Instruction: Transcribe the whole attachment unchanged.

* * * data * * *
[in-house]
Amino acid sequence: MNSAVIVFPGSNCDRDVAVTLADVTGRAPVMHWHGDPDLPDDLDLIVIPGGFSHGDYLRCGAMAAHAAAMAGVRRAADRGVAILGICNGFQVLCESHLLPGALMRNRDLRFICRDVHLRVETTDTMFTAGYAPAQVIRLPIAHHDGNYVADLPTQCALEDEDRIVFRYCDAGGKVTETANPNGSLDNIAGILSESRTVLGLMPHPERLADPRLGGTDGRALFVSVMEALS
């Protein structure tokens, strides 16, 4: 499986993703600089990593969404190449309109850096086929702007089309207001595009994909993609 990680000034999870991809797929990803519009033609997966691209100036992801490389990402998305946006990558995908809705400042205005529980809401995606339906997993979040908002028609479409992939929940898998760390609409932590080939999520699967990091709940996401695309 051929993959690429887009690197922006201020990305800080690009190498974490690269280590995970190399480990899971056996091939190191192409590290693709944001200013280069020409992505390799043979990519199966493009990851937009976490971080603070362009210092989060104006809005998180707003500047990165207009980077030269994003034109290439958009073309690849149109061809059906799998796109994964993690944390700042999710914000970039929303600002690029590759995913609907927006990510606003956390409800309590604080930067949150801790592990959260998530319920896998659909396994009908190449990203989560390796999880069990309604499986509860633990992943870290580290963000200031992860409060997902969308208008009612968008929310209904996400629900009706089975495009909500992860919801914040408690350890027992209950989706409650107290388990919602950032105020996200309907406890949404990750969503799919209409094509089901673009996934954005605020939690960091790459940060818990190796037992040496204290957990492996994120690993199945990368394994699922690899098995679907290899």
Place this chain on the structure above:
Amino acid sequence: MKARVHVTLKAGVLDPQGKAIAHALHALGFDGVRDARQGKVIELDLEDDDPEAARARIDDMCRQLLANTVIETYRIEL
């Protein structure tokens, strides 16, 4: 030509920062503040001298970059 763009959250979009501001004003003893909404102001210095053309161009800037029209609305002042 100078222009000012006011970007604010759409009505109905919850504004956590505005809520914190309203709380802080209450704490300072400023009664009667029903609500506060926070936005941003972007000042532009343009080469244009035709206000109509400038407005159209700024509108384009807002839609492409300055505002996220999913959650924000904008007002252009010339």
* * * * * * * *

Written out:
[in-house]
Amino acid sequence: MNSAVIVFPGSNCDRDVAVTLADVTGRAPVMHWHGDPDLPDDLDLIVIPGGFSHGDYLRCGAMAAHAAAMAGVRRAADRGVAILGICNGFQVLCESHLLPGALMRNRDLRFICRDVHLRVETTDTMFTAGYAPAQVIRLPIAHHDGNYVADLPTQCALEDEDRIVFRYCDAGGKVTETANPNGSLDNIAGILSESRTVLGLMPHPERLADPRLGGTDGRALFVSVMEALS
């Protein structure tokens, strides 16, 4: 499986993703600089990593969404190449309109850096086929702007089309207001595009994909993609 990680000034999870991809797929990803519009033609997966691209100036992801490389990402998305946006990558995908809705400042205005529980809401995606339906997993979040908002028609479409992939929940898998760390609409932590080939999520699967990091709940996401695309 051929993959690429887009690197922006201020990305800080690009190498974490690269280590995970190399480990899971056996091939190191192409590290693709944001200013280069020409992505390799043979990519199966493009990851937009976490971080603070362009210092989060104006809005998180707003500047990165207009980077030269994003034109290439958009073309690849149109061809059906799998796109994964993690944390700042999710914000970039929303600002690029590759995913609907927006990510606003956390409800309590604080930067949150801790592990959260998530319920896998659909396994009908190449990203989560390796999880069990309604499986509860633990992943870290580290963000200031992860409060997902969308208008009612968008929310209904996400629900009706089975495009909500992860919801914040408690350890027992209950989706409650107290388990919602950032105020996200309907406890949404990750969503799919209409094509089901673009996934954005605020939690960091790459940060818990190796037992040496204290957990492996994120690993199945990368394994699922690899098995679907290899």
Place this chain on the structure above:
Amino acid sequence: MKARVHVTLKAGVLDPQGKAIAHALHALGFDGVRDARQGKVIELDLEDDDPEAARARIDDMCRQLLANTVIETYRIEL
């Protein structure tokens, strides 16, 4: 030509920062503040001298970059 763009959250979009501001004003003893909404102001210095053309161009800037029209609305002042 100078222009000012006011970007604010759409009505109905919850504004956590505005809520914190309203709380802080209450704490300072400023009664009667029903609500506060926070936005941003972007000042532009343009080469244009035709206000109509400038407005159209700024509108384009807002839609492409300055505002996220999913959650924000904008007002252009010339």